As Elena Kagan is witnessing first-hand, it's a time-honored tradition for critics to undermine a Supreme Court nominee by drawing unflattering comparisons to failed nominees of the past. Kagan, a former Harvard Law dean, generally enjoys broad support and seems likely to be confirmed as President Obama intends — unlike these five ill-starred judicial hopefuls, to whom, in some cases, she's already being compared:
1. "My Little Crony"
Who: Harriet Miers, nominated by George W. Bush in 2005
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Why was she a disaster? The nomination of Miers, a close friend of the Bush family, prompted charges of cronyism from Democrats and Republicans alike. She had never acted as a judge, and Senators said she gave "incomplete to insulting" written answers to their questions about her Constitutional views. The negative perceptions of Miers crystallized in a widely circulated cartoon portraying her as Bush's wide-eyed toy — a "my little crony."
What happened next: After three weeks, Bush withdrew his nomination. Miers resigned as White House counsel in 2007.
2. The highest judge in the land
Who: Douglas Ginsburg, nominated by Ronald Reagan in 1987
Why was he a disaster? The U.S. Court of Appeals judge withdrew himself from consideration after media reports revealed he'd smoked marijuana with his students during his stint as a Harvard Law School professor.
What happened next: Ginsburg's pot-smoking past led several politicians — including Al Gore and Newt Gingrich — to come clean about youthful drug use. Ginsburg remains a judge on the D.C. Circuit Court.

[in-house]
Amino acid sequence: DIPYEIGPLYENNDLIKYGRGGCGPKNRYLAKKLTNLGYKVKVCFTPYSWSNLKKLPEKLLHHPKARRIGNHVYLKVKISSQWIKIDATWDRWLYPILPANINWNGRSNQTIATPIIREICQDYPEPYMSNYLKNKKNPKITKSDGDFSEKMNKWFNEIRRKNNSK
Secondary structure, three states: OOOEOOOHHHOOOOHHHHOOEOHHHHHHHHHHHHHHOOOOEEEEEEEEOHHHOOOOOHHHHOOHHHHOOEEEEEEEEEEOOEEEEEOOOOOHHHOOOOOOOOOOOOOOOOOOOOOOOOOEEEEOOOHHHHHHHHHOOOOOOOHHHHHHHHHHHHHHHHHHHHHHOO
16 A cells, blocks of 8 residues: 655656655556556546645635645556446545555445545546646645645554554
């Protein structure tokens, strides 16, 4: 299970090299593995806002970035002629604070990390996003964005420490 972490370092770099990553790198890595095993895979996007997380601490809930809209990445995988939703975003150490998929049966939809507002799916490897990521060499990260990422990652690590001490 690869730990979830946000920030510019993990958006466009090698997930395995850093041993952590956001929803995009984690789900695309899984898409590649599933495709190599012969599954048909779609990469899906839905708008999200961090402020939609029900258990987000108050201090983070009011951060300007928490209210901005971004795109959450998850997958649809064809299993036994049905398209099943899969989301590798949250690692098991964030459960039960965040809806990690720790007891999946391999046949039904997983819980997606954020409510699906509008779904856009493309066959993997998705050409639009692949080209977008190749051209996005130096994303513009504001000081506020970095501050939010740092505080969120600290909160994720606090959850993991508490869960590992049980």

3. The racist rookie
Who: G. Harrold Carswell, nominated by Richard Nixon in 1970
Why was he a disaster? The Senate rejected Nixon's choice primarily on the grounds of inexperience — but Carswell's record of "vigorous belief in the priniciples of White Supremacy" certainly didn't help. Attempting to marshall a defense for the nominee, GOP Senator Roman Hruska tried to put a positive spin on Carswell's self-evident shortcomings: "There are a lot of mediocre judges and people and lawyers," he said. "They are entitled to a little representation, aren't they?"
What happened next: Carswell's career ended in scandal. After an unsuccessful attempt to enter politics, he was arrested and convicted of battery in 1976 for making advances on an undercover cop in a Florida men's room.
4. A sex-crazed sexagenarian
Who: Lucius Q.C. Lamar, nominated by Grover Cleveland in 1887
Why was he a disaster? Critics charged that Lamar, the first former-Confederate nominee, was much too old for the job (he was 62, at a time when U.S. life expectancy was less than 50). He was also dogged by accusations of sexual misconduct, including the charge that he gave a woman a government job in exchange for sex.
What happened next: In today's world, Lamar wouldn't have stood a chance — but, under 19th century norms, he was confirmed for the job, and served for five years as an associate justice before his death in 1893.
5. The three-time loser
Who: Reuben H. Walworth, nominated by John Tyler on three separate occasions in 1844
Why was it a disaster? "The Senate reacted with disdain" to Tyler's three-time choice, never once granting Walworth a proper hearing. Tyler, who assumed office after William Henry Harrison's death and enjoyed almost no political support in Congress, finally gave up.
What happened next: Walworth's luck didn't improve — he soon lost his job as chancellor of New York, and failed to win election as governor of the state in 1848. Consolation prize: Wisconsin named a county after him.
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